D2C will redefine the live sports experience – in and out of the stadium
One of the clear observations from the pandemic was the absence of live sports programming for a significant portion of the year. As a result, rights-holders quickly cultivated more direct relationships with their fan bases to maintain engagement while also opening new monetization routes.
As we look ahead to 2021, and even further beyond that, Direct-to-Consumer (D2C) is becoming an increasingly important element in rights-holders’ media strategies. This was one of the key findings from the MediaKind 2021 Sports D2C Forecast, which my colleague Dheeraj Ravula explores in greater detail here. The live sporting schedule for the next 12 months looks more optimistic than the previous 12, and with the cogs of the live sports wheel turning once again, rights-holders will increasingly find fertile ground in D2C. It will enable them to continue delivering both live and on-demand content to their audiences, even while playing games behind-closed-doors.
However, this is not to mark the end of the stadium experience. Stadiums will always have a place in fans’ hearts, and in fact, we will start to see D2C services elevate the in-stadium experience. From personalized camera angles to instant player information, D2C will become ubiquitous across the live sports broadcast market. For the leagues, taking their fans on the journey from casual to superfans is critical to expanding their market and increasing the value per-fan. A rich D2C experience filled with data, brushes with their sports heroes, and alternative game experiences such as betting and fantasy will go a long way to addressing this objective.
The rise of the hybrid event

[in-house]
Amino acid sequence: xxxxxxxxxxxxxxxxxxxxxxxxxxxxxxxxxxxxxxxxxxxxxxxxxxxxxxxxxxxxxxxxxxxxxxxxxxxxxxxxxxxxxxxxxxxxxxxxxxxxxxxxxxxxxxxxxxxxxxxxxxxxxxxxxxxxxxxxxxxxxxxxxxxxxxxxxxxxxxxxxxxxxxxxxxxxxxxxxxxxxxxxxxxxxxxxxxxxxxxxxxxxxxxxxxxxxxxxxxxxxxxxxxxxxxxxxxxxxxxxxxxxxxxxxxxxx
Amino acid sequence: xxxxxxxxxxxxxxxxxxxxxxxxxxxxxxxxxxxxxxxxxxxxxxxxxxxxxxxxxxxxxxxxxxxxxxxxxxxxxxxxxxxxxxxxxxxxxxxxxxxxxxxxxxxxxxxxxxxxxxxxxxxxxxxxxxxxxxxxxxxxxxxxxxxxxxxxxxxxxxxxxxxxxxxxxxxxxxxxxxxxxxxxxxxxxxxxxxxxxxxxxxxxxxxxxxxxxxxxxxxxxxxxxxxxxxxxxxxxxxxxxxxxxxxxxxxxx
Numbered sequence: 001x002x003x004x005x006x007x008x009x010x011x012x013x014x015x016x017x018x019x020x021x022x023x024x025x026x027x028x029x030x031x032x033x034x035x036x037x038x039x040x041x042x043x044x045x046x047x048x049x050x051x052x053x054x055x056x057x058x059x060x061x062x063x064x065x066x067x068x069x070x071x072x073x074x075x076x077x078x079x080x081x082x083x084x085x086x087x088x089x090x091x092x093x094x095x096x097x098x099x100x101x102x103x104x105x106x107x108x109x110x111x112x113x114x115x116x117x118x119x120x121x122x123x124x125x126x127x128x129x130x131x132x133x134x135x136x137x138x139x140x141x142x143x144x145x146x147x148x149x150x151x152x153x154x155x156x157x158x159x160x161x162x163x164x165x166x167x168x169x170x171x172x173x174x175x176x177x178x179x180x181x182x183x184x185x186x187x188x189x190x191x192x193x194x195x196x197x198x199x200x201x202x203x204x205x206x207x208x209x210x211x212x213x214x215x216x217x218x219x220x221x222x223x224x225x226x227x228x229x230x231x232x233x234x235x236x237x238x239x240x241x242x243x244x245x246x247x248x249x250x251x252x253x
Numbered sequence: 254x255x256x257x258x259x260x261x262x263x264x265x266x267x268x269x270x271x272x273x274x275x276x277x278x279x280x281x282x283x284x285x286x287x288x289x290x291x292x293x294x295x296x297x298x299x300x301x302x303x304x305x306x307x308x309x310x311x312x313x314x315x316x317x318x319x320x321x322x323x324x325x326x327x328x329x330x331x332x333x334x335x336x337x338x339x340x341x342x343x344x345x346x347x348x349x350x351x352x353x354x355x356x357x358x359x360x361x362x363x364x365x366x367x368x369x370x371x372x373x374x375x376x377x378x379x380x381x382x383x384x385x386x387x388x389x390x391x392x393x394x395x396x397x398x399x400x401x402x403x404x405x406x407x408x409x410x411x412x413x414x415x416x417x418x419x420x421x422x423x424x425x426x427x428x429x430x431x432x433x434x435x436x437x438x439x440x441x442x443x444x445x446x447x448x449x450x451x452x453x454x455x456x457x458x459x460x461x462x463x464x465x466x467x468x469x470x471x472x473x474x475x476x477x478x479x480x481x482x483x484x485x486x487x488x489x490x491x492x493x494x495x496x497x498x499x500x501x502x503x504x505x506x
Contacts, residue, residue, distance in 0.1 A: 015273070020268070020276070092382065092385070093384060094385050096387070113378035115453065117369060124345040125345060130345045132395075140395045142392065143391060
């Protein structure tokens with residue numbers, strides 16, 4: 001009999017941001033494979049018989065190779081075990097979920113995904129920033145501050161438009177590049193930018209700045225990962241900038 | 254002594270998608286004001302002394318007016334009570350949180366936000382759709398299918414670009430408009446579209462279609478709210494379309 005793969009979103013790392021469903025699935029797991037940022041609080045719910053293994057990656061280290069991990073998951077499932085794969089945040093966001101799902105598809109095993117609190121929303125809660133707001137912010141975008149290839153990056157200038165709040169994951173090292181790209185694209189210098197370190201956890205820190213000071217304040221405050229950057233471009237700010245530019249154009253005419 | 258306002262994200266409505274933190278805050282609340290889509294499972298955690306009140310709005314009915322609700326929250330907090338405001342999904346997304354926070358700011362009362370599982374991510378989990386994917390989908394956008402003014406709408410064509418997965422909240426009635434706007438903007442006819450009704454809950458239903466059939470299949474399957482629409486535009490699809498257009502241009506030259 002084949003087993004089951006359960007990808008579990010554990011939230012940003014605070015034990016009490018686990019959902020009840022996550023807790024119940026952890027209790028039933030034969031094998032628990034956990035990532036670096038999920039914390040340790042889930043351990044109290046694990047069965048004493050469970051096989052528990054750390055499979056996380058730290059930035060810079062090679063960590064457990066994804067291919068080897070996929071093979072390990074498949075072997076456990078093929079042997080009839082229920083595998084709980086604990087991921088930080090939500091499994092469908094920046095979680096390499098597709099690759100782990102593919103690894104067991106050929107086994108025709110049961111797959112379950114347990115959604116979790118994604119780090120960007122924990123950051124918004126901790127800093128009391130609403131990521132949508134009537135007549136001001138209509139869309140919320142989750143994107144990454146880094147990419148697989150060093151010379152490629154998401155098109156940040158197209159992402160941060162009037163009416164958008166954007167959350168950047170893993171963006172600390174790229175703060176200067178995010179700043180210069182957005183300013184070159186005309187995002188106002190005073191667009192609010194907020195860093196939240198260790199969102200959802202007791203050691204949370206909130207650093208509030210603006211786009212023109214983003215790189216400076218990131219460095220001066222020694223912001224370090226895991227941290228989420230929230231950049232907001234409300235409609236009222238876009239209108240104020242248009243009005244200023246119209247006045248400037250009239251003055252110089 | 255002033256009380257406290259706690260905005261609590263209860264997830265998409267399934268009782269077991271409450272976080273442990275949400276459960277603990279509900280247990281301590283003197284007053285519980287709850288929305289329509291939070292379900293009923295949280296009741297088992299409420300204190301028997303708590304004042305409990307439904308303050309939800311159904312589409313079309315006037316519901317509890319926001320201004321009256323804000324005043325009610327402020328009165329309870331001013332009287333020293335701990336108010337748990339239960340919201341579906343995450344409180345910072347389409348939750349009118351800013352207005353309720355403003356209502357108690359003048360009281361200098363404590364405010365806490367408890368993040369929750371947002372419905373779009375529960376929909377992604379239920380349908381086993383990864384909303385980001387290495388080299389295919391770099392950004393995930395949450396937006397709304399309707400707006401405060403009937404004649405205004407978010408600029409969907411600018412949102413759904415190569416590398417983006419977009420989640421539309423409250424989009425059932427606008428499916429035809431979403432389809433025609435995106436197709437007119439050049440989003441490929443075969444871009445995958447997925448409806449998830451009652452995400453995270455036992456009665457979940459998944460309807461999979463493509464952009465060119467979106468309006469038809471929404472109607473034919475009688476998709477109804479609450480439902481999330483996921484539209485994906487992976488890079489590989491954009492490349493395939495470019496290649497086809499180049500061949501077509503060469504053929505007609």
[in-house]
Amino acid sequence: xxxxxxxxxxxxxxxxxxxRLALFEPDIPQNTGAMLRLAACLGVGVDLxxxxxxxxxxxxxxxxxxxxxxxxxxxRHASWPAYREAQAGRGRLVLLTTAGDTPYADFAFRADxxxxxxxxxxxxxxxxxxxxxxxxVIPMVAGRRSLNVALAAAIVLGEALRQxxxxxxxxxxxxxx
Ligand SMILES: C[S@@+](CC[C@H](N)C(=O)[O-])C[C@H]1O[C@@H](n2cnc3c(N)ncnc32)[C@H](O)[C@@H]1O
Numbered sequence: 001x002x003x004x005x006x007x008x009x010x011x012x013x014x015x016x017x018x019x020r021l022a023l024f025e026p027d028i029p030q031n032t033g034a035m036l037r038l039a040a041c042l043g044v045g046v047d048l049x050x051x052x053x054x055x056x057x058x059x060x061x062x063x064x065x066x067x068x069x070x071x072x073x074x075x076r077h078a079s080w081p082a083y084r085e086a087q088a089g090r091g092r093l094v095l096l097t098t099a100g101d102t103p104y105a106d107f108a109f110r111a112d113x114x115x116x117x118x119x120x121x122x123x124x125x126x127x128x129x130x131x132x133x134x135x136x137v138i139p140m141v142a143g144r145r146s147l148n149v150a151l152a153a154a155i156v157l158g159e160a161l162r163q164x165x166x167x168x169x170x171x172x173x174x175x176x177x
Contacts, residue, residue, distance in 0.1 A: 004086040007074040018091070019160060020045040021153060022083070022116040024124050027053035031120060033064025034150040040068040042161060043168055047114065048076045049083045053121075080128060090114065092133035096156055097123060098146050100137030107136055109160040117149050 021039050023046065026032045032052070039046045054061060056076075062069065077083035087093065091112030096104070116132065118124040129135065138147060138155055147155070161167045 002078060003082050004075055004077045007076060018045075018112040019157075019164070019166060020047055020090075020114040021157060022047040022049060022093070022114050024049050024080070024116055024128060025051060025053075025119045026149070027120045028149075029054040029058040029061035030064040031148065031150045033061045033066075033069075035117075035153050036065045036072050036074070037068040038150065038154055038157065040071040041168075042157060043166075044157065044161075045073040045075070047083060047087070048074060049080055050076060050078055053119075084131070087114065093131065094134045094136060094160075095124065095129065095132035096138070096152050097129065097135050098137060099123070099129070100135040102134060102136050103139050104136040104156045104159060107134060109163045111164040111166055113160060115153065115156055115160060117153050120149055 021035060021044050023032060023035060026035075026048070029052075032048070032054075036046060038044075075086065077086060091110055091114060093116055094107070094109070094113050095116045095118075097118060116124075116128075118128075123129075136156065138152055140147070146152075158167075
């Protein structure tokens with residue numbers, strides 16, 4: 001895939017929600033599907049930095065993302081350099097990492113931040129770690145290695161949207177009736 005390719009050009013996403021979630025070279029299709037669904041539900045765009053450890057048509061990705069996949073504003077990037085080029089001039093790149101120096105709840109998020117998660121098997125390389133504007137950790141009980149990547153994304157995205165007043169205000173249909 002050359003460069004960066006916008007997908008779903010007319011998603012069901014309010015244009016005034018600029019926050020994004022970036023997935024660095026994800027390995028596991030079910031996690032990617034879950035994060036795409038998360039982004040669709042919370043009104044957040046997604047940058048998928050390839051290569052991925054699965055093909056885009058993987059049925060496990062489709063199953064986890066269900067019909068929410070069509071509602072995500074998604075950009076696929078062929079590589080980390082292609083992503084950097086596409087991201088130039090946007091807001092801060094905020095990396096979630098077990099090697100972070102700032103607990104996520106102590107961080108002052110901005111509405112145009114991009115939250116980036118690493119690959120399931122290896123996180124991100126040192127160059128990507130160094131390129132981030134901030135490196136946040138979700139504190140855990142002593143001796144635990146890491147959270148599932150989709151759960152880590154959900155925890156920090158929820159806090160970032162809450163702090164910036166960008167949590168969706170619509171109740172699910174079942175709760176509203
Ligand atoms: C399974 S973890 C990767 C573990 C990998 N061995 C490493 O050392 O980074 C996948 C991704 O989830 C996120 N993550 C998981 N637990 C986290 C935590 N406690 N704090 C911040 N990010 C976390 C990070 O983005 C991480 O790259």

Many of us have become well accustomed to virtual events in all formats – from trade shows and conferences to film festivals and sporting events. In 2021, it is already clear that not everything will be virtual, with some major industry trade shows already set for a hybrid approach. Digital platforms will likely emerge as a popular accompaniment to smaller on-the-ground shows.
We can expect to see conferences and shows tap into modern broadcast technology capabilities to elevate their on-the-ground presence while also reaching new audiences unable or unwilling to travel as well as an expected depression in the corporate travel budgets. This can include offering live content such as keynote speeches and panels on-demand following the event, interactive showcases, media events, and live conference programming.
Aside from the apparent benefits to audiences at home, the virtual experience will bring significant benefits to the in-person experience. One of the challenges I tend to face at shows is timing, with multiple talks and showcases often taking place simultaneously. With a virtual platform accompanying the main event, attendees will no longer need to miss out on keynotes or product demos, as they will be available online, on-demand.